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What is Menstrual Cycle-Definition, Hormones, and Phases

August 25, 2022
written by Sidra Batool

Menstrual Cycle Definition

The menstrual cycle is a natural, recurring process in the female reproductive system. It involves the lining of the uterus (endometrium) being shed through the vagina, known as a period or menstruation. The cycle is regulated by hormones like estrogen, progesterone, FSH, and LH.

image showing Menstrual Cycle diagram
Menstrual Cycle diagram

It typically lasts 21-35 days.

Menstrual Cycle Hormones

The menstrual cycle is regulated by following Hormones:

  1. Estrogen – This hormone is produced by the ovaries and is responsible for thickening the uterine lining in preparation for possible implantation of a fertilized egg.
  2. Progesterone – This hormone is also produced by the ovaries and helps maintain the thickened uterine lining during the latter half of the menstrual cycle.
  3. Follicle-Stimulating Hormone (FSH) – Produced by the pituitary gland, FSH stimulates the development of follicles in the ovaries, each of which contains an immature egg.
  4. Luteinizing Hormone (LH) – Also produced by the pituitary gland, LH triggers the release of the mature egg from the follicle, a process known as ovulation.

Menstrual Cycle Phases

The menstrual cycle has 4 main phases:

image showing Menstrual Cycle Phases

    1. Menstrual Phase (Days 1-5)

    • The uterine lining (endometrium) is shed through the vagina. It results in bleeding that typically lasts 3-7 days.
    • Estrogen and progesterone levels are low during this phase.

    2. Follicular Phase (Days 6-13)

    • Follicle-Stimulating Hormone (FSH) is released by the pituitary gland, stimulating the development of follicles in the ovaries.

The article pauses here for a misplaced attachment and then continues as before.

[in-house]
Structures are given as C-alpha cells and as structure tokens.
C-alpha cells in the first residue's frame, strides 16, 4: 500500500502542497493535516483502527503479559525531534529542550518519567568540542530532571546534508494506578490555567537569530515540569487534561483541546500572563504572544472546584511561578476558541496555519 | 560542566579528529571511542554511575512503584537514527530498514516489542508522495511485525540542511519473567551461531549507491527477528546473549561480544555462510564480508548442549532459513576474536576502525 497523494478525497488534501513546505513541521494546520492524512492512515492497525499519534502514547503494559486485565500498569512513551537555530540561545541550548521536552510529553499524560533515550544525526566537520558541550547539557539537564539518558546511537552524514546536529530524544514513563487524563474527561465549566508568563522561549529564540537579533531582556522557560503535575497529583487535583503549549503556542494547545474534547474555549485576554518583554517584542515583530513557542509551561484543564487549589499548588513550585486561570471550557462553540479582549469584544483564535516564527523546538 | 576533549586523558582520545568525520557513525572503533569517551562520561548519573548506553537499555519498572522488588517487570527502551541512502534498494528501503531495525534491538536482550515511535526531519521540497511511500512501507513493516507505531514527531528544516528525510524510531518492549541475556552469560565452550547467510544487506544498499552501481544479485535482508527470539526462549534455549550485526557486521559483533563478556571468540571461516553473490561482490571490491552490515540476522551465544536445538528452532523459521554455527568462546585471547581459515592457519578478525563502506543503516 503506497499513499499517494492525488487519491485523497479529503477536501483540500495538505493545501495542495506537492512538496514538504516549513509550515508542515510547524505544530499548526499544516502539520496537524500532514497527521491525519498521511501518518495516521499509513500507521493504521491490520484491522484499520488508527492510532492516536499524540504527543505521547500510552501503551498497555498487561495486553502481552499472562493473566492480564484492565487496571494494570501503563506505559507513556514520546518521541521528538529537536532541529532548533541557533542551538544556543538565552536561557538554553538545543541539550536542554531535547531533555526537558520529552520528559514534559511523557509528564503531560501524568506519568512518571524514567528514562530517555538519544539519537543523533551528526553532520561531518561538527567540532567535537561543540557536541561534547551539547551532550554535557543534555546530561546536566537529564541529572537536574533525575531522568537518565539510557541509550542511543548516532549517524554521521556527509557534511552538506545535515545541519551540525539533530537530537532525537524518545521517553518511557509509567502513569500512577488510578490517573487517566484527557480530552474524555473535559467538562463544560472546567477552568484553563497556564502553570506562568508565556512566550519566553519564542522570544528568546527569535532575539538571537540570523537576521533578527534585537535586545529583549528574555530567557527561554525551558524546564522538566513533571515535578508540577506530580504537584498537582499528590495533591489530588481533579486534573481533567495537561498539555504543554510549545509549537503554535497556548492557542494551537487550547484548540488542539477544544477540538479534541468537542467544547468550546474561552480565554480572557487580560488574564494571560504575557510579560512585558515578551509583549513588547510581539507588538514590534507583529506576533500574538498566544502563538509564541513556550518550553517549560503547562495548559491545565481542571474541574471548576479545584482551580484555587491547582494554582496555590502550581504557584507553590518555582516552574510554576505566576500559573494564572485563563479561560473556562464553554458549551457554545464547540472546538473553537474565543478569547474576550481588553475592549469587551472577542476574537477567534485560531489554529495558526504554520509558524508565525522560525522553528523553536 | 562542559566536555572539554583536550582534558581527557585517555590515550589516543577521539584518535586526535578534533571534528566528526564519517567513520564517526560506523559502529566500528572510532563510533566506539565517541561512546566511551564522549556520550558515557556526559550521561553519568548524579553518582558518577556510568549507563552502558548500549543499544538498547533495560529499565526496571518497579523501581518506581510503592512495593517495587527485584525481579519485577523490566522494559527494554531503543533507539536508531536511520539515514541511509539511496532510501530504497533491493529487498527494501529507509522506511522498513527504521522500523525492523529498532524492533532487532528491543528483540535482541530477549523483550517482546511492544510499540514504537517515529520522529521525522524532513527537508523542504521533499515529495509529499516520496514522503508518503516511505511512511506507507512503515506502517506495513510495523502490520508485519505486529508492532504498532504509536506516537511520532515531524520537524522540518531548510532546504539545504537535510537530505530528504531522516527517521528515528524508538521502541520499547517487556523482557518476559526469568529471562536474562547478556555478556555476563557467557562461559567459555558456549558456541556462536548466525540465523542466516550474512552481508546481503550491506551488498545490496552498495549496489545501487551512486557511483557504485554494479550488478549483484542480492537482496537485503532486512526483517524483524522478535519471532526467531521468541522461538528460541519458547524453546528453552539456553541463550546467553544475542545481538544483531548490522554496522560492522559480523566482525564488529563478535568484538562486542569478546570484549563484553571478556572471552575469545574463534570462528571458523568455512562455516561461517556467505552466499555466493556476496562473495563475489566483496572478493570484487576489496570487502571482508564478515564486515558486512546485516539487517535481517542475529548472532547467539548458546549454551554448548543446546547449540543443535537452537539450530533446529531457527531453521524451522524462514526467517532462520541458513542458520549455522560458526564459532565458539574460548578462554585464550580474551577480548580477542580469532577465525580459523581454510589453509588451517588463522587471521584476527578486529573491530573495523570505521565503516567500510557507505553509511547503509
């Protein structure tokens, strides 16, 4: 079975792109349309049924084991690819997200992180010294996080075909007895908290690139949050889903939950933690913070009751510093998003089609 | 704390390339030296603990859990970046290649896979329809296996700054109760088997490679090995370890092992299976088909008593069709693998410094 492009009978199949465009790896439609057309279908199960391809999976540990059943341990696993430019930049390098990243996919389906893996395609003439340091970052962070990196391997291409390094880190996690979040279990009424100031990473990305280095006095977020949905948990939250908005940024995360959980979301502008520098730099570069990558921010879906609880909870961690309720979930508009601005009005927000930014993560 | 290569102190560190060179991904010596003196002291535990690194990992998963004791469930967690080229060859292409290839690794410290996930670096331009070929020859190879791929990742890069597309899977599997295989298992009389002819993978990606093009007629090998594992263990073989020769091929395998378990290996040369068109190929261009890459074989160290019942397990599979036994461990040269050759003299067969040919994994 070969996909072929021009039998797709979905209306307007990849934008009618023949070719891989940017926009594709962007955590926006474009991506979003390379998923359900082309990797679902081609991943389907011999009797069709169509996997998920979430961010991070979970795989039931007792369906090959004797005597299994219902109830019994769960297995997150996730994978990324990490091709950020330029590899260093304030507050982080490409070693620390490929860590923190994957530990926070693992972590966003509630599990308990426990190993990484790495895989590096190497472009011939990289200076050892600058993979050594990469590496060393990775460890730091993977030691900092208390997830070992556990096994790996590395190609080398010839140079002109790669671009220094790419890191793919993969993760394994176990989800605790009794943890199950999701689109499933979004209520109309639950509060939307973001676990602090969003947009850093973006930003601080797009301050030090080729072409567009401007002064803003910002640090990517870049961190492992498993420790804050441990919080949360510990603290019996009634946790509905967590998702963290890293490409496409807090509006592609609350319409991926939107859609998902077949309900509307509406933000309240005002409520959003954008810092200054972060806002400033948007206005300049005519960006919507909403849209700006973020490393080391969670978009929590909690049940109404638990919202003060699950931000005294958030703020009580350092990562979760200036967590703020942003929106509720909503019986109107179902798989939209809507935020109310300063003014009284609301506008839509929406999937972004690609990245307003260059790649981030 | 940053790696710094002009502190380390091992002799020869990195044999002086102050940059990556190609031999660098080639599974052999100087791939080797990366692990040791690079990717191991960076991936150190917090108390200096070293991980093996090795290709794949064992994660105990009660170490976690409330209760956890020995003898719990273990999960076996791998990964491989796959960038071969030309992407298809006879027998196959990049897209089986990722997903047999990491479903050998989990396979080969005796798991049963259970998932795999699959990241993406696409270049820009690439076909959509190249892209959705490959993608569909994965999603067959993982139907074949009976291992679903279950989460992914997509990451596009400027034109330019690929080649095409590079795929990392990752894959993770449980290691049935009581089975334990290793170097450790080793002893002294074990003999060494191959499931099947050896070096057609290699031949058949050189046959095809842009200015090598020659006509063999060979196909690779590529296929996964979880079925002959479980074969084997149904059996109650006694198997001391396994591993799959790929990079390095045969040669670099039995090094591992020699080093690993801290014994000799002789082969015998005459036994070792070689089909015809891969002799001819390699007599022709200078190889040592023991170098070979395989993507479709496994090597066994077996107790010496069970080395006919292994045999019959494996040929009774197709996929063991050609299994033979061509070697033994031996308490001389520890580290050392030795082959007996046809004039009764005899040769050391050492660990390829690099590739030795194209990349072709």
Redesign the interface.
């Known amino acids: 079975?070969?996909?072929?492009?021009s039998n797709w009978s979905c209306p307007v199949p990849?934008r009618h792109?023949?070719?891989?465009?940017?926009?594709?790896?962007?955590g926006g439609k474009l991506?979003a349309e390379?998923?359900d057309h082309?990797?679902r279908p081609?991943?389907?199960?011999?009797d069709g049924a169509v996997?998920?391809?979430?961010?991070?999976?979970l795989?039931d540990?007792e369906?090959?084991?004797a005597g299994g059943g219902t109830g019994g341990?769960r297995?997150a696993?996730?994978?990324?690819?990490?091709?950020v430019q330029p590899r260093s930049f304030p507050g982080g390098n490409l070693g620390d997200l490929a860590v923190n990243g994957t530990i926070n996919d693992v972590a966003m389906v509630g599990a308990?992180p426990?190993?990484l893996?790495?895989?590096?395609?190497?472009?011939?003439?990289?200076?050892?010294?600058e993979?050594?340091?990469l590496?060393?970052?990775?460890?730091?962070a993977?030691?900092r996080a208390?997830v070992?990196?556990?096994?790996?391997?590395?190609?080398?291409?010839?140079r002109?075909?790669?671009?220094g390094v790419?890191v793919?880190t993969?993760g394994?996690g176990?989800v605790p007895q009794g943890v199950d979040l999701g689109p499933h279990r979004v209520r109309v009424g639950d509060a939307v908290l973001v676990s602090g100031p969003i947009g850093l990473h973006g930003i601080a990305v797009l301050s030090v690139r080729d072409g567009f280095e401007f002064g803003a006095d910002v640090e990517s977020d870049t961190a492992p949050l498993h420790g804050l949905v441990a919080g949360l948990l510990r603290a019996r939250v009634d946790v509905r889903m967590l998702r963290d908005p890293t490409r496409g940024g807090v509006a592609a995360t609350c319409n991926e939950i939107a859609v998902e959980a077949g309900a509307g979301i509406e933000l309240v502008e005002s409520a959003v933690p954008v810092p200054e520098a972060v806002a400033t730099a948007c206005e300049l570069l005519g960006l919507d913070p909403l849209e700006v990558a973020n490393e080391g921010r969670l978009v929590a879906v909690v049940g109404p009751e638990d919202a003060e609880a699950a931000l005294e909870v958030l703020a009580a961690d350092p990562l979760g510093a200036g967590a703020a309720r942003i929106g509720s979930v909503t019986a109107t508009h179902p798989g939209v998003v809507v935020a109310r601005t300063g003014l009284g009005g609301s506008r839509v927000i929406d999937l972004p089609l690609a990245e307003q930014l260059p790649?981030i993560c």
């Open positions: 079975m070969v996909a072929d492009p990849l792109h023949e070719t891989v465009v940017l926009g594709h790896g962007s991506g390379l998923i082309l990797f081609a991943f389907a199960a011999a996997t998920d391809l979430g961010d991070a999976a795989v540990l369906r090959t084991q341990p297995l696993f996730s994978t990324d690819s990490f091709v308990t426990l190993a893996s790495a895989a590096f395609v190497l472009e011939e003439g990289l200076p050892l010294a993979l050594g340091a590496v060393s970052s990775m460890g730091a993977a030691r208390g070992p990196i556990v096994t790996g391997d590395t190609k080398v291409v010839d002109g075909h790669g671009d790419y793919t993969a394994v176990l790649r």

• One dominant follicle emerges and begins producing estrogen.
    • The endometrium starts thickening in preparation for potential implantation.

    3. Ovulation (Around Day 14)

    • A surge in Luteinizing Hormone (LH) triggers the release of the mature egg from the dominant follicle.
    • This is the most fertile time of the cycle.

    4. Luteal Phase (Days 15-28)

    • After ovulation, the empty follicle transforms into the corpus luteum, which produces progesterone.
    • Progesterone helps maintain the thickened endometrium, preparing it for implantation.
    • If implantation does not occur, the corpus luteum degrades, causing progesterone levels to drop.
    • This drop in progesterone triggers the shedding of the endometrium, leading to the next menstrual period.

    The hormonal interactions between estrogen, progesterone, FSH, and LH regulate the different phases of the menstrual cycle, ensuring proper reproductive function in women.

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